By Lesley Baez, uAspire Student Advocacy Fellow
on November 9, 2021
Lesley Baez’s Testimony on October 7, 2021 to the Joint Committee of Higher Education in Support of H.1368 / S.822, Massachusetts Hunger-Free Campus Initiative
While many community college students from low-income families get their tuition and fees covered by state grants and the federal Pell Grant, the crushing costs beyond the college bill, including food, are left to the students to cover. As a student with an Expected Family Contribution of zero living in subsidized housing, I always have to carefully consider how I spend every dollar. I usually spend my federal work-study earnings on school supplies, transportation, and to help with rent. I often must skip a meal in order to prioritize getting school supplies needed to be successful in my classes.
Food insecurity among college students is widespread. According to a 2020 survey by the HOPE Center, 42% to 56% of Massachusetts community college students are food insecure. This crisis affects students of color, like myself, in greater numbers. According to an October 2020 Project Bread report one in six white households were food insecure, versus one in three Black households and one in four Latinx households.
Food insecurity threatens the health of a great number of students and will continue to do so unless there are more resources to support students' basic needs while pursuing a college degree. This is why the legislature should pass S.822/H.1368 - An Act Establishing the Massachusetts Hunger-Free Campus Initiative. This bill would establish a grant program for colleges that take steps to establish themselves as hunger-free campuses.
For example, these grants could be used to support students' access to already available food resources such as the Supplemental Nutrition Assistance Program (SNAP). It would be very helpful for staff on campus to help students understand SNAP benefits, apply for the program, and navigate alternative options in case they aren’t eligible. This will allow more students to be aware of and receive assistance for which they qualify. This outreach and support for application would be very useful at Roxbury Community College where I attend, so we are aware of what is available and can take advantage of federal food supports.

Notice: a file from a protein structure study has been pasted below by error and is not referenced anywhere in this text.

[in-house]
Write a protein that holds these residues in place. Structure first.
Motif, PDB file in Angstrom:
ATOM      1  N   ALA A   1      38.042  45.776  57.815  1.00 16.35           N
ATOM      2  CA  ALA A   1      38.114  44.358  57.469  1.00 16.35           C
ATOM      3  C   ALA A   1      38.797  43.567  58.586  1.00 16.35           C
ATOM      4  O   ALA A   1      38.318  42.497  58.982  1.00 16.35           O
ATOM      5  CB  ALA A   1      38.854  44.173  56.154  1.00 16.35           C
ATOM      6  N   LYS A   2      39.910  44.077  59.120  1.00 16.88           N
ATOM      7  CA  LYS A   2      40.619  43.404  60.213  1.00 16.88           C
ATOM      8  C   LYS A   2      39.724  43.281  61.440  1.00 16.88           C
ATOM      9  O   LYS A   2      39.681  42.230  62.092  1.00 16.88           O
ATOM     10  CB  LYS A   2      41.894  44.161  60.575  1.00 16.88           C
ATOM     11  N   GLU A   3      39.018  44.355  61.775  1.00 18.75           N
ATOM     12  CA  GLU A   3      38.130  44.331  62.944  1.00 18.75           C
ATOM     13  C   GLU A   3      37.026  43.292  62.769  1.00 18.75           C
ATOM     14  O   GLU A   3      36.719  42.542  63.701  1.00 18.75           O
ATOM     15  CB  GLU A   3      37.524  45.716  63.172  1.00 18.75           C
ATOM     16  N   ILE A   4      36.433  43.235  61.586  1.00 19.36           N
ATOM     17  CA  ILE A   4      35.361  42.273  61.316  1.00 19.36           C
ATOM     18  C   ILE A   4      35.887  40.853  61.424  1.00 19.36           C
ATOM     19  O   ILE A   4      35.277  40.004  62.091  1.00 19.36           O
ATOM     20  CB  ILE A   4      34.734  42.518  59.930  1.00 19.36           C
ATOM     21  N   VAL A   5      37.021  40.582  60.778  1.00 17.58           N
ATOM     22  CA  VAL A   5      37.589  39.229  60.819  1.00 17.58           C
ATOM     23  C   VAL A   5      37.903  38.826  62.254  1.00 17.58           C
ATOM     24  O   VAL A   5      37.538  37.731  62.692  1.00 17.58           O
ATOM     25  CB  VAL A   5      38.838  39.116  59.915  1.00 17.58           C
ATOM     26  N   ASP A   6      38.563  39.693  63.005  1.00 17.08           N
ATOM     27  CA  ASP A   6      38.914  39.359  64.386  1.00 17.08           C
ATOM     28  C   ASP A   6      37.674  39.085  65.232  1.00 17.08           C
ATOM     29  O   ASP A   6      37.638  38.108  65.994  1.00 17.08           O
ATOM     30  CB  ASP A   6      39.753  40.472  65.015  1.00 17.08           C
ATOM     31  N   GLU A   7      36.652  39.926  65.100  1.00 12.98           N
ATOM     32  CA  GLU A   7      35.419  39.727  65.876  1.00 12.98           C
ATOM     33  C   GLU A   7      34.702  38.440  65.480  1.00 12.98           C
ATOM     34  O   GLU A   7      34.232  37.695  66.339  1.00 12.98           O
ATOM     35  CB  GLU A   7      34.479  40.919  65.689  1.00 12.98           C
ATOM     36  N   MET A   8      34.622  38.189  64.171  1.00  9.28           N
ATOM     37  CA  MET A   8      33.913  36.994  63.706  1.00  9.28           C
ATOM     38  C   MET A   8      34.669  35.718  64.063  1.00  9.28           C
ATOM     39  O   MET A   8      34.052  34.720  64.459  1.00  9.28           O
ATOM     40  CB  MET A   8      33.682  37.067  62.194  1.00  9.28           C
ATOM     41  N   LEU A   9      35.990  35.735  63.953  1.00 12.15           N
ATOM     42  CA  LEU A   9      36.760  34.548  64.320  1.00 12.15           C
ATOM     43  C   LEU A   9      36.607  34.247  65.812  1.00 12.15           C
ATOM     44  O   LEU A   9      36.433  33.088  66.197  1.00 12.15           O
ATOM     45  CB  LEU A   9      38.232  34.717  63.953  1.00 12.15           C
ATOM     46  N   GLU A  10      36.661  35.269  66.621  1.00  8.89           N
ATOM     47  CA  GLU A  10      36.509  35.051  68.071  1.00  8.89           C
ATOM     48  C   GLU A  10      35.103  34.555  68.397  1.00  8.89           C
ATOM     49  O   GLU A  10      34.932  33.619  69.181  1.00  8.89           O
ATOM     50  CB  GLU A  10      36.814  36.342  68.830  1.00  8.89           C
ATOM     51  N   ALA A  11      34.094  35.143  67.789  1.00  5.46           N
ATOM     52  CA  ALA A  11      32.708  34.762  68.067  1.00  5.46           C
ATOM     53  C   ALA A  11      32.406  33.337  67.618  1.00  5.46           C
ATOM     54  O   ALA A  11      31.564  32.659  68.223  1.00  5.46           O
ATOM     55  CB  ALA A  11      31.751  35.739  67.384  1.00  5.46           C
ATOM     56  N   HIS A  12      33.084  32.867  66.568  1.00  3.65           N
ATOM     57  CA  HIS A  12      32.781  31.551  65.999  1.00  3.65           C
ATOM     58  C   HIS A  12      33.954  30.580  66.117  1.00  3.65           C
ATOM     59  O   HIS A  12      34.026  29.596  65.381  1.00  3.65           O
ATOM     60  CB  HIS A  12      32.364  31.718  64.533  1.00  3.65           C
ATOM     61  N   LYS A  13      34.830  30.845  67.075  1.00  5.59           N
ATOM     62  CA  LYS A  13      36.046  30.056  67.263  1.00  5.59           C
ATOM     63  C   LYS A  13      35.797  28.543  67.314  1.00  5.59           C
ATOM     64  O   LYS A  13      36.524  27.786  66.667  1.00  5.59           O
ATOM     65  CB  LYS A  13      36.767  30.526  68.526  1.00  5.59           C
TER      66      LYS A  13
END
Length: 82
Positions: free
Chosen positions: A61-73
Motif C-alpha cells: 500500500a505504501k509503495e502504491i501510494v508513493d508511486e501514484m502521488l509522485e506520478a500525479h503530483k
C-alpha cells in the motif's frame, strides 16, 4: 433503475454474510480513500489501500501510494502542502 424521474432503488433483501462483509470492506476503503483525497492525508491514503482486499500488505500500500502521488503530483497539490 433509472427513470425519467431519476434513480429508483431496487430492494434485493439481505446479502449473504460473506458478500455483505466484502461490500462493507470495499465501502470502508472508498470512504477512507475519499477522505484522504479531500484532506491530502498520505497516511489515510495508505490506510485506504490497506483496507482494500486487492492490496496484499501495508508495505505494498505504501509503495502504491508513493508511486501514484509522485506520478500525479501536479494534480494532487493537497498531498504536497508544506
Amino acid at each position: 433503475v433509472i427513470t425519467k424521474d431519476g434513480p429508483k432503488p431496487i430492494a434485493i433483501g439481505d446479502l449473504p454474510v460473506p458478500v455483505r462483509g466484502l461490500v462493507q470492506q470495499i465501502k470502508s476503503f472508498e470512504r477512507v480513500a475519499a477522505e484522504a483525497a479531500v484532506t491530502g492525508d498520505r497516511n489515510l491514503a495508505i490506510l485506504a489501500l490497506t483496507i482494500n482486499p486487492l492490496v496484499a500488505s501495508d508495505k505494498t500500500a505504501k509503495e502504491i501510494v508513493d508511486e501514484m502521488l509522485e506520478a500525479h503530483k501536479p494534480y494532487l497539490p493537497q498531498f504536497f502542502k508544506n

Another benefit this bill could have is assisting in creating or expanding emergency food funding or food pantries. A model example for community college investment in students' basic needs is at Amarillo Community College. They fundraised to provide wrap-around support for students and have seen increases in the graduation and four-year transfer rates of their students. With the Massachusetts Hunger-Free Campus grant, community colleges could similarly open or expand food pantries. Although there are vendors on community college campuses that serve lunch and breakfast, these meals are often overpriced and unhealthy for students to consume on an everyday basis.
Food insecurity is a tremendous burden that can limit students' wellbeing and college success. Many of us who attend community colleges do so primarily because of its low price. Money is already a major concern for most of us, and food competes with books, transportation, and rent when it comes to prioritizing expenses for college. It is not only right to receive proper funding for basic needs resources that more than half of today's students desperately need, it is also a smart investment in the future of our nation.